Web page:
A Reserve Bank of India (RBI) panel has advocated tough new norms for non-banking financial companies (NBFCs) with the aim of strengthening the regulatory and supervisory framework for such lenders.
Besides prescribing threshold limits, the Working Group headed by former RBI Deputy Governor Usha Thorat suggested that NBFCs should be subjected to the same regulations as banks with regard to provisioning norms and lending to stock brokers and merchant bankers.
"Accounting norms applicable to banks may be applied to NBFCs," it added.
The Working Group further said that all NBFCs with assets of over Rs 1,000 crore, whether listed or unlisted, should be made to comply with Clause 49 of SEBI's listing agreement, which pertains to the composition of a company's board of directors.
It also called for annual stress tests and inspection of such NBFCs to ascertain their vulnerability.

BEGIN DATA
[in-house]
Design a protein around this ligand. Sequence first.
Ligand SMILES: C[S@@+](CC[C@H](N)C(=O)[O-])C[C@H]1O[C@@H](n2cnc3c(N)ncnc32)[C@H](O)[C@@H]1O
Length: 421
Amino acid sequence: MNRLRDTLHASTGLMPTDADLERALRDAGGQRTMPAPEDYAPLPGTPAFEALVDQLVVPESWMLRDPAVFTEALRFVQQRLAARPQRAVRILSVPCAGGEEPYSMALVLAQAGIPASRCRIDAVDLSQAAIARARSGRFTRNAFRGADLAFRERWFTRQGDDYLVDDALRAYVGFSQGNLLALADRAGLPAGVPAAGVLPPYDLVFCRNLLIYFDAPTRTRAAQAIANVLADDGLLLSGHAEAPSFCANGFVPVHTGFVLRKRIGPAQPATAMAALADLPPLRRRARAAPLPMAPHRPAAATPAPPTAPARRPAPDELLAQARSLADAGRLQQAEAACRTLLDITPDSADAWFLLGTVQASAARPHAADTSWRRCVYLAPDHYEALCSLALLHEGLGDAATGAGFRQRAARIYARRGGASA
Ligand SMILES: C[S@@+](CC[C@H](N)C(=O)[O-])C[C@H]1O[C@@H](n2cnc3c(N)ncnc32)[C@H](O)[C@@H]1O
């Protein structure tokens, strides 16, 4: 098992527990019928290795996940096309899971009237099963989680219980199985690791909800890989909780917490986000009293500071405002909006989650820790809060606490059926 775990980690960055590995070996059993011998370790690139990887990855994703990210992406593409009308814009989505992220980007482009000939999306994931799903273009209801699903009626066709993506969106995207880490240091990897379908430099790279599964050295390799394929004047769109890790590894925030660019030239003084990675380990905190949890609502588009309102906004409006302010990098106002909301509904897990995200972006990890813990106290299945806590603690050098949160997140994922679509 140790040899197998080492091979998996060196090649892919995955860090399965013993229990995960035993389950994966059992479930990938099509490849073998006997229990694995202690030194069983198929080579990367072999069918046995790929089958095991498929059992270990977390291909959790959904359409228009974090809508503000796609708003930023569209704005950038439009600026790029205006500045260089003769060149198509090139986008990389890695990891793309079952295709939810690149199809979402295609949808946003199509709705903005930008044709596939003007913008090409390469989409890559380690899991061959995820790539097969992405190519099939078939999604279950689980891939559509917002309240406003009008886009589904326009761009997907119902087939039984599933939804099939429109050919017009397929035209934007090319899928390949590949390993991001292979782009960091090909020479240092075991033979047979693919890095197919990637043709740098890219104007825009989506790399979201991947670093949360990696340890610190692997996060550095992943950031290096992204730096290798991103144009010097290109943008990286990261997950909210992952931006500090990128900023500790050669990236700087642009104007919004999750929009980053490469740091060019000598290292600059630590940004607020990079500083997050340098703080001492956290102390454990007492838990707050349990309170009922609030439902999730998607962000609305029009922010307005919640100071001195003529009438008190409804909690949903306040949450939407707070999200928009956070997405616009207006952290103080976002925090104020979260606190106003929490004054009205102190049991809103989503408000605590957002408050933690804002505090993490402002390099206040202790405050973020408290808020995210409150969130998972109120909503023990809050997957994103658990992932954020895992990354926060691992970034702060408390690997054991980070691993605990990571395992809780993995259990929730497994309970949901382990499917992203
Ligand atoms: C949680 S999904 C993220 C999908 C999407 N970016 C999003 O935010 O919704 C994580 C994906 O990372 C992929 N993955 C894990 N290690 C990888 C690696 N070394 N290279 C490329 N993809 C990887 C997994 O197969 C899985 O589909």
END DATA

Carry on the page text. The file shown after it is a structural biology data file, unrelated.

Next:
The panel also suggested that NBFCs should have a minimum 12 per cent Tier-I capital adequacy ratio -- which is the ratio of the bank's core capital to its risk -- within three years of registration.
It also recommended assigning a higher risk weight to the capital market and commercial real estate exposure of NBFCs that are not sponsored by a bank or do not have any bank as part of their group.
The RBI panel suggested the imposition of a risk weight of 150 per cent for capital market loans and 125 per cent for commercial real estate loans by such NBFCs.
It also advocated giving NBFCs benefits under the Securities and Reconstruction of Financial Assets and Enforcement of Security Interest (SARFAESI) Act.
The panel, however, suggested retention of the minimum net-owned fund requirement (NOF) for all new NBFCs that wish to register with the RBI at the present Rs 2 crore till the RBI Act is amended.
"The RBI should, however, insist on a minimum asset size of over Rs 50 crore for registering any new NBFC. Existing NBFCs below this limit may deregister or be asked to seek a fresh certificate of registration at the end of two years," it said in the report.
Moreover, any transfer of shareholding, direct or indirect, of 25 per cent and above, a change in control, merger or acquisition of any registered NBFC should have prior approval of the Reserve Bank, the panel suggested.
The Working Group also called for recognition that registration as NBFC with RBI provides comfort to lenders and investors and enables leveraging of public funds and simplification and